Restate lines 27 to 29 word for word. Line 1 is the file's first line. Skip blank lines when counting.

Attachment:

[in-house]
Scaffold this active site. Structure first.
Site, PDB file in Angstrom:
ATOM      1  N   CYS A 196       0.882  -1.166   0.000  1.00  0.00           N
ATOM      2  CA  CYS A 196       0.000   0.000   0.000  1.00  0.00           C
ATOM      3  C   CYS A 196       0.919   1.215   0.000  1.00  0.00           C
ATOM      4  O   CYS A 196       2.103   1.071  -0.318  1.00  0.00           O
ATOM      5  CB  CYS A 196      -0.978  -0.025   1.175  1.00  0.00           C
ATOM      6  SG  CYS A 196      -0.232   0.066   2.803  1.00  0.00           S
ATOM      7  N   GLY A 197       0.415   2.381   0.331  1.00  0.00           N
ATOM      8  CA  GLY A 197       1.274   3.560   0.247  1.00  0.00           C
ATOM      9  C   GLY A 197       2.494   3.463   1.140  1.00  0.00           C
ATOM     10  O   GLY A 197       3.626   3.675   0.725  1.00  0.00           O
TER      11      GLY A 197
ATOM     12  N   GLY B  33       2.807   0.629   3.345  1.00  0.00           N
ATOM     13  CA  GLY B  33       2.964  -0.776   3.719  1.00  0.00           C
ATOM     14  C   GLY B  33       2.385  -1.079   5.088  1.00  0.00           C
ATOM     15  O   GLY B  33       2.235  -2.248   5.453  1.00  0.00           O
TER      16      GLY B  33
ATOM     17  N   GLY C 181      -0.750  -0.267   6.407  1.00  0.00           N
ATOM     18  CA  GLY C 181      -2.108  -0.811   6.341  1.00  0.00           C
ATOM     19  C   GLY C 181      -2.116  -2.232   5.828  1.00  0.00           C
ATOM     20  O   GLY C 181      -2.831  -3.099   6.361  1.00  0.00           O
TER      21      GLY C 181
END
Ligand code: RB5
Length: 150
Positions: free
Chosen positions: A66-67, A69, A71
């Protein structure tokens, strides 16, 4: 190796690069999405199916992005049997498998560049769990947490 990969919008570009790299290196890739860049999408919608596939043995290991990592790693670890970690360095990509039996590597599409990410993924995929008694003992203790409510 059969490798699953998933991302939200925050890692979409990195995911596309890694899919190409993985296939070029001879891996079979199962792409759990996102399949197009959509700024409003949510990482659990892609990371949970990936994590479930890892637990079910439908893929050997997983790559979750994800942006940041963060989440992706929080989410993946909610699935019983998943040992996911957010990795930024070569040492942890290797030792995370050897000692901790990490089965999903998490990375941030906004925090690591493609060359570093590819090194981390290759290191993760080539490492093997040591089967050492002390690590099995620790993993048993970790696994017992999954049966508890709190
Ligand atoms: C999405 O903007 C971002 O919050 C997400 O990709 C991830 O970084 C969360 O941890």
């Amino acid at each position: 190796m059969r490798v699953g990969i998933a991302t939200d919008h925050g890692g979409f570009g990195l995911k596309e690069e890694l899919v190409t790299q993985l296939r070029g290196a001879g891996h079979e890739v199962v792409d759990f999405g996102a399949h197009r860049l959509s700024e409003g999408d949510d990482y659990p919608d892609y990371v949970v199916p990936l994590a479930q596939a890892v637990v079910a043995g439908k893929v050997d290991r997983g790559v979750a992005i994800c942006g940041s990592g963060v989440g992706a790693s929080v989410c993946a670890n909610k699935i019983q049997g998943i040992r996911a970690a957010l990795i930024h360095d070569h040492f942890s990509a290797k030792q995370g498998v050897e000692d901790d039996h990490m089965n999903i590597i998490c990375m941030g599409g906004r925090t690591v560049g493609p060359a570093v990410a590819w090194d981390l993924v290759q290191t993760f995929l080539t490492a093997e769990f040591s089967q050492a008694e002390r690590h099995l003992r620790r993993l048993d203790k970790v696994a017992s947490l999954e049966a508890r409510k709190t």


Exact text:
Length: 150
Positions: free
Chosen positions: A66-67, A69, A71